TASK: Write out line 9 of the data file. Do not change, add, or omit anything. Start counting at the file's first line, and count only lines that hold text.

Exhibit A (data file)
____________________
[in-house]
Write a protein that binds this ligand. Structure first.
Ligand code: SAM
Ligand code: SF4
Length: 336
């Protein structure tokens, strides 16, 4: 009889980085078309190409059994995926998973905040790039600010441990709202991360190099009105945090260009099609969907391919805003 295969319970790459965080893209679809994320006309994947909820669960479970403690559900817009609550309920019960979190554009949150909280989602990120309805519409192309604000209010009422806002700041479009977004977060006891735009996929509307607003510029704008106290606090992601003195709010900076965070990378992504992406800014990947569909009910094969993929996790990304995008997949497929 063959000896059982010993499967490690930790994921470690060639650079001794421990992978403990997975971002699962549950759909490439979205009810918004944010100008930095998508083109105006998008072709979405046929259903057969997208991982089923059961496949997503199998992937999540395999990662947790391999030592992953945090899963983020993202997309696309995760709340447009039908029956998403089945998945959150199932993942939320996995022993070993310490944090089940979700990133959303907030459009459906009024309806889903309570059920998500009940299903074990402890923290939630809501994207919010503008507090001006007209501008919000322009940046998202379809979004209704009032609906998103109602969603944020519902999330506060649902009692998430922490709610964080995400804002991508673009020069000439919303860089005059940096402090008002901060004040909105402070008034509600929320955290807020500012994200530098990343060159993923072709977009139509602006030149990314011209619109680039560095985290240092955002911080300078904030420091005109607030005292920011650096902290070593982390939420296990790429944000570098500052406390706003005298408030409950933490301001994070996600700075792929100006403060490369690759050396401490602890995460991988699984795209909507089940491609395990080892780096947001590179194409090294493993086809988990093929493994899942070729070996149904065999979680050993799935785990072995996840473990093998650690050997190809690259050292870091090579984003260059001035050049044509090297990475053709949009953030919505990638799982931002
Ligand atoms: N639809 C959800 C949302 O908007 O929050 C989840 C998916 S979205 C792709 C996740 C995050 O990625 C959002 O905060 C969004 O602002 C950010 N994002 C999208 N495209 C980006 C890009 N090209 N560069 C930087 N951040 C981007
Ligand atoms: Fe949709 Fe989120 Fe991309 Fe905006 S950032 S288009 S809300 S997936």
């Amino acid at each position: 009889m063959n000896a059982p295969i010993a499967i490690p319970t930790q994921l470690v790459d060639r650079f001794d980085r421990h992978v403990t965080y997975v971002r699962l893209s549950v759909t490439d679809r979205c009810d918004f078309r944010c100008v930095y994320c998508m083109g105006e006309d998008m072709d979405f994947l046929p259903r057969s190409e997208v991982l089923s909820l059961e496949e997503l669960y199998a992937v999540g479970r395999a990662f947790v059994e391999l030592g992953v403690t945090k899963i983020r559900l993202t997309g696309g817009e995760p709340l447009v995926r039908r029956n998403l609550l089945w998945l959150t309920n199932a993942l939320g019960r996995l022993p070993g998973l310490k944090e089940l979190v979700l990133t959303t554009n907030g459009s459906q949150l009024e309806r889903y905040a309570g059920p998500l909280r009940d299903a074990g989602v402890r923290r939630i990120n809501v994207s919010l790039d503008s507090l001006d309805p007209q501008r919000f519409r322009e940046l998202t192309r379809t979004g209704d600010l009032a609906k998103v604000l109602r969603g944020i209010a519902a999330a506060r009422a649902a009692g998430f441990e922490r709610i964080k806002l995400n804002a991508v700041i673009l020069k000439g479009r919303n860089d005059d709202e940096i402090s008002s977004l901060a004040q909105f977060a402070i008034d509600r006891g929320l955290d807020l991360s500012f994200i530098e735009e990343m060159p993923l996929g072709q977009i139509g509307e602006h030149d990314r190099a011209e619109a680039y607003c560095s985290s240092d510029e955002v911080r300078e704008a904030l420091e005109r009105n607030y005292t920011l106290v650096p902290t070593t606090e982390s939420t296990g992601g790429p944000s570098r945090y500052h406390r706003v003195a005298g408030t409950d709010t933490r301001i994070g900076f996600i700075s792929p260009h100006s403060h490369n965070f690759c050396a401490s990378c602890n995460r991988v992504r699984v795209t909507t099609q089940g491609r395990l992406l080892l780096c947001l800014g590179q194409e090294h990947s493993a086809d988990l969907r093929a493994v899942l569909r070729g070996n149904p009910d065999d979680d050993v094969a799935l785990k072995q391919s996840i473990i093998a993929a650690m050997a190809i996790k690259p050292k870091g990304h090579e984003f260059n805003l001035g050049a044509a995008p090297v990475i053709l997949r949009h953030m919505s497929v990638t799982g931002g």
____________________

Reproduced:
């Amino acid at each position: 009889m063959n000896a059982p295969i010993a499967i490690p319970t930790q994921l470690v790459d060639r650079f001794d980085r421990h992978v403990t965080y997975v971002r699962l893209s549950v759909t490439d679809r979205c009810d918004f078309r944010c100008v930095y994320c998508m083109g105006e006309d998008m072709d979405f994947l046929p259903r057969s190409e997208v991982l089923s909820l059961e496949e997503l669960y199998a992937v999540g479970r395999a990662f947790v059994e391999l030592g992953v403690t945090k899963i983020r559900l993202t997309g696309g817009e995760p709340l447009v995926r039908r029956n998403l609550l089945w998945l959150t309920n199932a993942l939320g019960r996995l022993p070993g998973l310490k944090e089940l979190v979700l990133t959303t554009n907030g459009s459906q949150l009024e309806r889903y905040a309570g059920p998500l909280r009940d299903a074990g989602v402890r923290r939630i990120n809501v994207s919010l790039d503008s507090l001006d309805p007209q501008r919000f519409r322009e940046l998202t192309r379809t979004g209704d600010l009032a609906k998103v604000l109602r969603g944020i209010a519902a999330a506060r009422a649902a009692g998430f441990e922490r709610i964080k806002l995400n804002a991508v700041i673009l020069k000439g479009r919303n860089d005059d709202e940096i402090s008002s977004l901060a004040q909105f977060a402070i008034d509600r006891g929320l955290d807020l991360s500012f994200i530098e735009e990343m060159p993923l996929g072709q977009i139509g509307e602006h030149d990314r190099a011209e619109a680039y607003c560095s985290s240092d510029e955002v911080r300078e704008a904030l420091e005109r009105n607030y005292t920011l106290v650096p902290t070593t606090e982390s939420t296990g992601g790429p944000s570098r945090y500052h406390r706003v003195a005298g408030t409950d709010t933490r301001i994070g900076f996600i700075s792929p260009h100006s403060h490369n965070f690759c050396a401490s990378c602890n995460r991988v992504r699984v795209t909507t099609q089940g491609r395990l992406l080892l780096c947001l800014g590179q194409e090294h990947s493993a086809d988990l969907r093929a493994v899942l569909r070729g070996n149904p009910d065999d979680d050993v094969a799935l785990k072995q391919s996840i473990i093998a993929a650690m050997a190809i996790k690259p050292k870091g990304h090579e984003f260059n805003l001035g050049a044509a995008p090297v990475i053709l997949r949009h953030m919505s497929v990638t799982g931002g």